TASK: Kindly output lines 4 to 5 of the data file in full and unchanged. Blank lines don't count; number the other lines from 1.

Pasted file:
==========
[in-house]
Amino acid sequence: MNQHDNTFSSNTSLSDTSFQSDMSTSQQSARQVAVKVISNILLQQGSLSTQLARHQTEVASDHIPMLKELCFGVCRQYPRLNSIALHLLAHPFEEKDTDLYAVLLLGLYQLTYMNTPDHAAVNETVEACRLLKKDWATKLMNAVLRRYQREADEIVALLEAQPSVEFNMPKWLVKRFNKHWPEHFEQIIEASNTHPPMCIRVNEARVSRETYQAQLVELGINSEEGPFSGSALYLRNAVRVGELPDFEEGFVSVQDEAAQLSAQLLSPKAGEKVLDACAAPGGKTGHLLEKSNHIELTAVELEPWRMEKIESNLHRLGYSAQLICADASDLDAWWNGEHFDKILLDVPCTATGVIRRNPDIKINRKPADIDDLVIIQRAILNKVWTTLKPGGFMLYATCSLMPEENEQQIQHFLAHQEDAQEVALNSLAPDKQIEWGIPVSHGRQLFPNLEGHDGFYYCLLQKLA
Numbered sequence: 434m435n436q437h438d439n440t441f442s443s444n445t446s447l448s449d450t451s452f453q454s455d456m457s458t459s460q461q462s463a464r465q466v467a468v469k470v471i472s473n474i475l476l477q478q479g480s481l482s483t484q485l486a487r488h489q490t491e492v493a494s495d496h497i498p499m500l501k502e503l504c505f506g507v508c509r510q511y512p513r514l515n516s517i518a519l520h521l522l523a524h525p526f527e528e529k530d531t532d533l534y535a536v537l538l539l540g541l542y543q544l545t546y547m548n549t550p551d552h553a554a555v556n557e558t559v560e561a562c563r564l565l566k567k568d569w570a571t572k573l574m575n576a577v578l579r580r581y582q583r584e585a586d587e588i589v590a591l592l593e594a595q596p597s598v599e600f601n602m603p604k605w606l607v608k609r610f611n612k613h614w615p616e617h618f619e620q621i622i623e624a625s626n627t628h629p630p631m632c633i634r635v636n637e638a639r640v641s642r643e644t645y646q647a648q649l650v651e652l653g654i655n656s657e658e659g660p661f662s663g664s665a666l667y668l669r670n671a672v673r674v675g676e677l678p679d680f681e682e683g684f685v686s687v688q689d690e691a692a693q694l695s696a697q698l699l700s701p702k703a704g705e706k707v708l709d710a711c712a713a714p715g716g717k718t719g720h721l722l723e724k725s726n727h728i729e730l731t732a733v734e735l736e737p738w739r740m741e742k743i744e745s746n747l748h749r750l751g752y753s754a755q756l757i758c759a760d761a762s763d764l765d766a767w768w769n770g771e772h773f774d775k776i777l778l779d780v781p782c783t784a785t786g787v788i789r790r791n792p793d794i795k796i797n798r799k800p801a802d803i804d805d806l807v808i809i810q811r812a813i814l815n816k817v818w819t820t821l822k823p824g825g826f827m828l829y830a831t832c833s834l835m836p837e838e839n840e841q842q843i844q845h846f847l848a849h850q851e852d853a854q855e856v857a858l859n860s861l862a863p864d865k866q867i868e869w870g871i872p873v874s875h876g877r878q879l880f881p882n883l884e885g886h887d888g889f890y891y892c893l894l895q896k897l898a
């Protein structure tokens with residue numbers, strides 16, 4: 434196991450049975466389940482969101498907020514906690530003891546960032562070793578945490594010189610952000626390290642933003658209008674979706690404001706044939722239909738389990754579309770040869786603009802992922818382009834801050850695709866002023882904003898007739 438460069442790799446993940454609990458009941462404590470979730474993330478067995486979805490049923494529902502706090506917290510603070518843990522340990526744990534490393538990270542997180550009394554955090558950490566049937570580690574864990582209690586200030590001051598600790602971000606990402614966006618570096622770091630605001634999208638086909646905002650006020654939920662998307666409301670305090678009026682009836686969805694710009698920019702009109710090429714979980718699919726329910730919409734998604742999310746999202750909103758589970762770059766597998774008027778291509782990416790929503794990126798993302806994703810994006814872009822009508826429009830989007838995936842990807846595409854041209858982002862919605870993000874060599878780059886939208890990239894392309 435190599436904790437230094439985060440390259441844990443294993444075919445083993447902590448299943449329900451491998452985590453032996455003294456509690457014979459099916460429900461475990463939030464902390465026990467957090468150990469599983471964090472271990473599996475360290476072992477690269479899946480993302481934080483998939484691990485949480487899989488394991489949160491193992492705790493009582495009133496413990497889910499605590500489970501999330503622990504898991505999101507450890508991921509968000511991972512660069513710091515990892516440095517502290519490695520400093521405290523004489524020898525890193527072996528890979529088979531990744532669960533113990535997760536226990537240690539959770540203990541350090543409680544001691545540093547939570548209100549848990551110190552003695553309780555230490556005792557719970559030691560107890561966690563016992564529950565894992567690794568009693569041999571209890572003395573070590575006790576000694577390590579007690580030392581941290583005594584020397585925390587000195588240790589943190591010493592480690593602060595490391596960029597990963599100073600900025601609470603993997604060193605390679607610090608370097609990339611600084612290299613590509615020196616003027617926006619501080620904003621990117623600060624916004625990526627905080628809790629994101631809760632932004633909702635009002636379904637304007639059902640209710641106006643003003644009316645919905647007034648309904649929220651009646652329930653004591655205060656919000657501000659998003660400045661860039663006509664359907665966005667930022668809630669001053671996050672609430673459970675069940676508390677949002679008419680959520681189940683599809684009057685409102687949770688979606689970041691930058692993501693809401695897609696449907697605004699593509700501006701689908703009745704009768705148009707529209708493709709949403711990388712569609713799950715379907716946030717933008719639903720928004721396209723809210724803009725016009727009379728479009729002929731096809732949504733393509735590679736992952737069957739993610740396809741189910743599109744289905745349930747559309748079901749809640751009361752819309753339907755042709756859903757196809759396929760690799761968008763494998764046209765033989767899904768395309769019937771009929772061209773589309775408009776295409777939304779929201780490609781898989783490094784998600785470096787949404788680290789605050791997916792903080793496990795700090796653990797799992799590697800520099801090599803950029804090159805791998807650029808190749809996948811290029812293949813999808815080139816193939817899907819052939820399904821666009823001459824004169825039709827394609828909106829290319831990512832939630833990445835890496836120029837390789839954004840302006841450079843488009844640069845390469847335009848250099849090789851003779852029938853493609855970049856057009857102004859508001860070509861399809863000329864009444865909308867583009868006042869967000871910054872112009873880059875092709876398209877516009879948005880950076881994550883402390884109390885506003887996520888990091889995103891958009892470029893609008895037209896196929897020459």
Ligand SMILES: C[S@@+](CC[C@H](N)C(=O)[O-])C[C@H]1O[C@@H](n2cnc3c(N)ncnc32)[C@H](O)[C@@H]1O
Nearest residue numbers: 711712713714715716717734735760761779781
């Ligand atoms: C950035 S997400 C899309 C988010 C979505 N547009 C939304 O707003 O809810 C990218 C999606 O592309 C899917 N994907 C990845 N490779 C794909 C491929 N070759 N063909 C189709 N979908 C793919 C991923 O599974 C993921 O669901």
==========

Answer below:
């Protein structure tokens with residue numbers, strides 16, 4: 434196991450049975466389940482969101498907020514906690530003891546960032562070793578945490594010189610952000626390290642933003658209008674979706690404001706044939722239909738389990754579309770040869786603009802992922818382009834801050850695709866002023882904003898007739 438460069442790799446993940454609990458009941462404590470979730474993330478067995486979805490049923494529902502706090506917290510603070518843990522340990526744990534490393538990270542997180550009394554955090558950490566049937570580690574864990582209690586200030590001051598600790602971000606990402614966006618570096622770091630605001634999208638086909646905002650006020654939920662998307666409301670305090678009026682009836686969805694710009698920019702009109710090429714979980718699919726329910730919409734998604742999310746999202750909103758589970762770059766597998774008027778291509782990416790929503794990126798993302806994703810994006814872009822009508826429009830989007838995936842990807846595409854041209858982002862919605870993000874060599878780059886939208890990239894392309 435190599436904790437230094439985060440390259441844990443294993444075919445083993447902590448299943449329900451491998452985590453032996455003294456509690457014979459099916460429900461475990463939030464902390465026990467957090468150990469599983471964090472271990473599996475360290476072992477690269479899946480993302481934080483998939484691990485949480487899989488394991489949160491193992492705790493009582495009133496413990497889910499605590500489970501999330503622990504898991505999101507450890508991921509968000511991972512660069513710091515990892516440095517502290519490695520400093521405290523004489524020898525890193527072996528890979529088979531990744532669960533113990535997760536226990537240690539959770540203990541350090543409680544001691545540093547939570548209100549848990551110190552003695553309780555230490556005792557719970559030691560107890561966690563016992564529950565894992567690794568009693569041999571209890572003395573070590575006790576000694577390590579007690580030392581941290583005594584020397585925390587000195588240790589943190591010493592480690593602060595490391596960029597990963599100073600900025601609470603993997604060193605390679607610090608370097609990339611600084612290299613590509615020196616003027617926006619501080620904003621990117623600060624916004625990526627905080628809790629994101631809760632932004633909702635009002636379904637304007639059902640209710641106006643003003644009316645919905647007034648309904649929220651009646652329930653004591655205060656919000657501000659998003660400045661860039663006509664359907665966005667930022668809630669001053671996050672609430673459970675069940676508390677949002679008419680959520681189940683599809684009057685409102687949770688979606689970041691930058692993501693809401695897609696449907697605004699593509700501006701689908703009745704009768705148009707529209708493709709949403711990388712569609713799950715379907716946030717933008719639903720928004721396209723809210724803009725016009727009379728479009729002929731096809732949504733393509735590679736992952737069957739993610740396809741189910743599109744289905745349930747559309748079901749809640751009361752819309753339907755042709756859903757196809759396929760690799761968008763494998764046209765033989767899904768395309769019937771009929772061209773589309775408009776295409777939304779929201780490609781898989783490094784998600785470096787949404788680290789605050791997916792903080793496990795700090796653990797799992799590697800520099801090599803950029804090159805791998807650029808190749809996948811290029812293949813999808815080139816193939817899907819052939820399904821666009823001459824004169825039709827394609828909106829290319831990512832939630833990445835890496836120029837390789839954004840302006841450079843488009844640069845390469847335009848250099849090789851003779852029938853493609855970049856057009857102004859508001860070509861399809863000329864009444865909308867583009868006042869967000871910054872112009873880059875092709876398209877516009879948005880950076881994550883402390884109390885506003887996520888990091889995103891958009892470029893609008895037209896196929897020459």
Ligand SMILES: C[S@@+](CC[C@H](N)C(=O)[O-])C[C@H]1O[C@@H](n2cnc3c(N)ncnc32)[C@H](O)[C@@H]1O